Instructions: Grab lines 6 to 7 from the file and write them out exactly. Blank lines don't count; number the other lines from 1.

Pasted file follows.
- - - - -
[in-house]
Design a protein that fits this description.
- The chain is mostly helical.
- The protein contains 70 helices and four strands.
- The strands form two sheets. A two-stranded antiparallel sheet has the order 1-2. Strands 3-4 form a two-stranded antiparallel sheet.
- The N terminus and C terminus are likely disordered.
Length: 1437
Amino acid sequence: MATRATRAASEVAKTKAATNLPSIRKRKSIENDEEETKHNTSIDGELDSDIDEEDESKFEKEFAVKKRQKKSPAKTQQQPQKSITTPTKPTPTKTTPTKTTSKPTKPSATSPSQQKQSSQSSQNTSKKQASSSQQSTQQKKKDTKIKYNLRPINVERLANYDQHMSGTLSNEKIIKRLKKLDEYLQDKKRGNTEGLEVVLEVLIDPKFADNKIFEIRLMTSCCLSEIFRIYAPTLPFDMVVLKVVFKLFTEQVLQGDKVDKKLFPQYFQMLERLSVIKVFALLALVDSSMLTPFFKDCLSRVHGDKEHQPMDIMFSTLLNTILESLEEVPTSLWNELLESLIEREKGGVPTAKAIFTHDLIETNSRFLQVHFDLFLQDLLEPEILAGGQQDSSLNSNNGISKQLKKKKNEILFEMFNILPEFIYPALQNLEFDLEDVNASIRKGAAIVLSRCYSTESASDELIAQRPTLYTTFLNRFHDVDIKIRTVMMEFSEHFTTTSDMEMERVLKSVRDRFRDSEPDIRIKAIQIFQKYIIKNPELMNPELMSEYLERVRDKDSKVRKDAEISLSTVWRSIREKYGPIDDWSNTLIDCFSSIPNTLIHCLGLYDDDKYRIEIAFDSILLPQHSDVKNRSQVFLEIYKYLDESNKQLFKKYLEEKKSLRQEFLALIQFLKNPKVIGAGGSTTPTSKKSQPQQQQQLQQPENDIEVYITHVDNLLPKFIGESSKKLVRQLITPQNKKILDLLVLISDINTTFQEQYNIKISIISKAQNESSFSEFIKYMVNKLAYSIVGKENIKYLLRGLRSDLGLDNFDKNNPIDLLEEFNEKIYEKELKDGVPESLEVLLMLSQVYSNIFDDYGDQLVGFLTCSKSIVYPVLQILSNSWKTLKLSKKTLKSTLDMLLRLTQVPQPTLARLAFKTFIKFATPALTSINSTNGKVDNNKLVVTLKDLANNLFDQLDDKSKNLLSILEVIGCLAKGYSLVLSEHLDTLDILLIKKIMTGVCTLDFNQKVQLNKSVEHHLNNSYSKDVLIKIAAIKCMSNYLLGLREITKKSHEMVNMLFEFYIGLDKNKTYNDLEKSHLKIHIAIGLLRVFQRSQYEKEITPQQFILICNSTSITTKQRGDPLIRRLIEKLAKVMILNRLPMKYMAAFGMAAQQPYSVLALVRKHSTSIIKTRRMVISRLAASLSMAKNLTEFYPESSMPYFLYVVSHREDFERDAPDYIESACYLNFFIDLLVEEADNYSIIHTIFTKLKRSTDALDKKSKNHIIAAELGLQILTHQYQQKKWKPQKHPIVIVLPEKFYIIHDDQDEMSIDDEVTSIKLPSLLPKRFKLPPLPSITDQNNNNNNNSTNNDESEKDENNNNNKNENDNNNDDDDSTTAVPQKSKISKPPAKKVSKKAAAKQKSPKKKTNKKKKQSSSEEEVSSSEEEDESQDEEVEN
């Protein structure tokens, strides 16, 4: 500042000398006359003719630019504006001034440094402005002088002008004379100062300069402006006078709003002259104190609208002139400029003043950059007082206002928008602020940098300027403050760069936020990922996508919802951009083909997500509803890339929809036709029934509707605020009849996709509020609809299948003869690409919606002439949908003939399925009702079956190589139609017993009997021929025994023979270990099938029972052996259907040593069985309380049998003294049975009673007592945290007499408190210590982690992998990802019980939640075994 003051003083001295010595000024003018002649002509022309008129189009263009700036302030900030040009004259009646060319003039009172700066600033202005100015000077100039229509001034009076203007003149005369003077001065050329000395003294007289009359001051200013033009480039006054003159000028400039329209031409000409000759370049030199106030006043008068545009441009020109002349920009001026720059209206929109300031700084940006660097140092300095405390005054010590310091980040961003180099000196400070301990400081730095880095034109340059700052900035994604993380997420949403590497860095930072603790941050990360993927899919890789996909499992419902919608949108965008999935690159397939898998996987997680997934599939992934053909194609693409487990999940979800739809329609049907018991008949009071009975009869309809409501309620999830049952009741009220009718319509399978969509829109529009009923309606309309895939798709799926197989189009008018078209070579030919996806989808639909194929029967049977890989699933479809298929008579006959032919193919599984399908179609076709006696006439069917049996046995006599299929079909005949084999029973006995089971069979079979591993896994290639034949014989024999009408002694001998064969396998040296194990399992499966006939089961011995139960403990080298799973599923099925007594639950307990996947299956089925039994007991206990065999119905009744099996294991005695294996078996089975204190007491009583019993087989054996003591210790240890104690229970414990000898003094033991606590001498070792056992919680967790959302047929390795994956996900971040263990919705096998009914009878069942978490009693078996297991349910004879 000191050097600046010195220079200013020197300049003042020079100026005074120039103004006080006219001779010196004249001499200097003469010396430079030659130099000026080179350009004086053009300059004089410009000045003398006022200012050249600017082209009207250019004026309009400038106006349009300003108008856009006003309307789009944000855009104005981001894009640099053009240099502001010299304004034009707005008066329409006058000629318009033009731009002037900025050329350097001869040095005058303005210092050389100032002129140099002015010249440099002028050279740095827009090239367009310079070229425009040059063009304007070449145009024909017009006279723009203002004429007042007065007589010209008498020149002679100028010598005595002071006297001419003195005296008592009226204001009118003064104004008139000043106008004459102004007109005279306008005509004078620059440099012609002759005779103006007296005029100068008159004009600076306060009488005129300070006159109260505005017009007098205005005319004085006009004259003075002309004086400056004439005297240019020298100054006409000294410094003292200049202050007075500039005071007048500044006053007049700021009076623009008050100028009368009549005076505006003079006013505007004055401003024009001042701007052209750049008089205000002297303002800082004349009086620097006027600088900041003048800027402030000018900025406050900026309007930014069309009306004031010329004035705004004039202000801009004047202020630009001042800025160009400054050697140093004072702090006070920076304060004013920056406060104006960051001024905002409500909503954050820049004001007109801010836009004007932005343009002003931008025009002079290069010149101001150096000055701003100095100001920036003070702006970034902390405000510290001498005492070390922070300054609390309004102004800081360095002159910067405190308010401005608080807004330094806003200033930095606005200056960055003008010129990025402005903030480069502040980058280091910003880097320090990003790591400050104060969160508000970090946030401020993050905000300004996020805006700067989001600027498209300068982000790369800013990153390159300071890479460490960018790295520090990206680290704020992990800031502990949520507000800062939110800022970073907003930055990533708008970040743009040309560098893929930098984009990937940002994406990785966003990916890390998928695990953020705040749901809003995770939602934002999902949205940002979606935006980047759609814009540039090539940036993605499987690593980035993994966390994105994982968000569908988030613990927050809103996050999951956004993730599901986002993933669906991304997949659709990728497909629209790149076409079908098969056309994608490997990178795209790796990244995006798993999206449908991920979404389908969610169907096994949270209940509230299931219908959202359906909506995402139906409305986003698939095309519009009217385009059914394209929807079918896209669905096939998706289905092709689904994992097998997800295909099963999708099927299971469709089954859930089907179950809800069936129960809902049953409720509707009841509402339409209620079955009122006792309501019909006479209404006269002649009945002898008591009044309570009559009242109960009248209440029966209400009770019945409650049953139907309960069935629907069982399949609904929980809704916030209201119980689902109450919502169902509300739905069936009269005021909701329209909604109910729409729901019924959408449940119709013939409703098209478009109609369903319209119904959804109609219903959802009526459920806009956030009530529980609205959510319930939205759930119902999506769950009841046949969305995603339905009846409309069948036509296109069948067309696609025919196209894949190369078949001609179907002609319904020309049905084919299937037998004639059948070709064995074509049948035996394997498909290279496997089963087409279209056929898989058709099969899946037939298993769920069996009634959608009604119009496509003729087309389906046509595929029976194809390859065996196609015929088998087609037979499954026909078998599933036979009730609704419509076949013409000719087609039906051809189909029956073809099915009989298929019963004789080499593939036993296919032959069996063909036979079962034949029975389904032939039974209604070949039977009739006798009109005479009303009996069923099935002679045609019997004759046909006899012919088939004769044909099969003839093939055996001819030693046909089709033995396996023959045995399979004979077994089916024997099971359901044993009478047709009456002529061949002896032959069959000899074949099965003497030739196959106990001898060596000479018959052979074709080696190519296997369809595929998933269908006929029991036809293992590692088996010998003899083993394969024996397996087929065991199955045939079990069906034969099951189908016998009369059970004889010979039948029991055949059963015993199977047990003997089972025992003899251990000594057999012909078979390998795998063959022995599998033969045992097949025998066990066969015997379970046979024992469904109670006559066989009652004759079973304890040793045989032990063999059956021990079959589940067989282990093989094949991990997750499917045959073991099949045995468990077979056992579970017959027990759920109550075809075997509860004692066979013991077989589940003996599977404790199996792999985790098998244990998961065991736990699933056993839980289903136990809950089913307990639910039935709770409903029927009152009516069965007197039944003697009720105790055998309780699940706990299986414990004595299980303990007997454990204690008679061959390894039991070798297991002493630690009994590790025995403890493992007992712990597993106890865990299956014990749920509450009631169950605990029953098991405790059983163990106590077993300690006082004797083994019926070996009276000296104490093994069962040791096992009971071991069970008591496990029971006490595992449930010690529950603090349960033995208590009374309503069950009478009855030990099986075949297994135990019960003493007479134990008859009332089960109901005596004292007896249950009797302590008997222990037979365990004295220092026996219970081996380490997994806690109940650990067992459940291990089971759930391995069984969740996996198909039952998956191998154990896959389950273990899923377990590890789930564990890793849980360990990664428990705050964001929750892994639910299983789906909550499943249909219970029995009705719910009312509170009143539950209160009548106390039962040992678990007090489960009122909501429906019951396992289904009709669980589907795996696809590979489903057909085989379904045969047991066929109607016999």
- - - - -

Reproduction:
- The N terminus and C terminus are likely disordered.
Length: 1437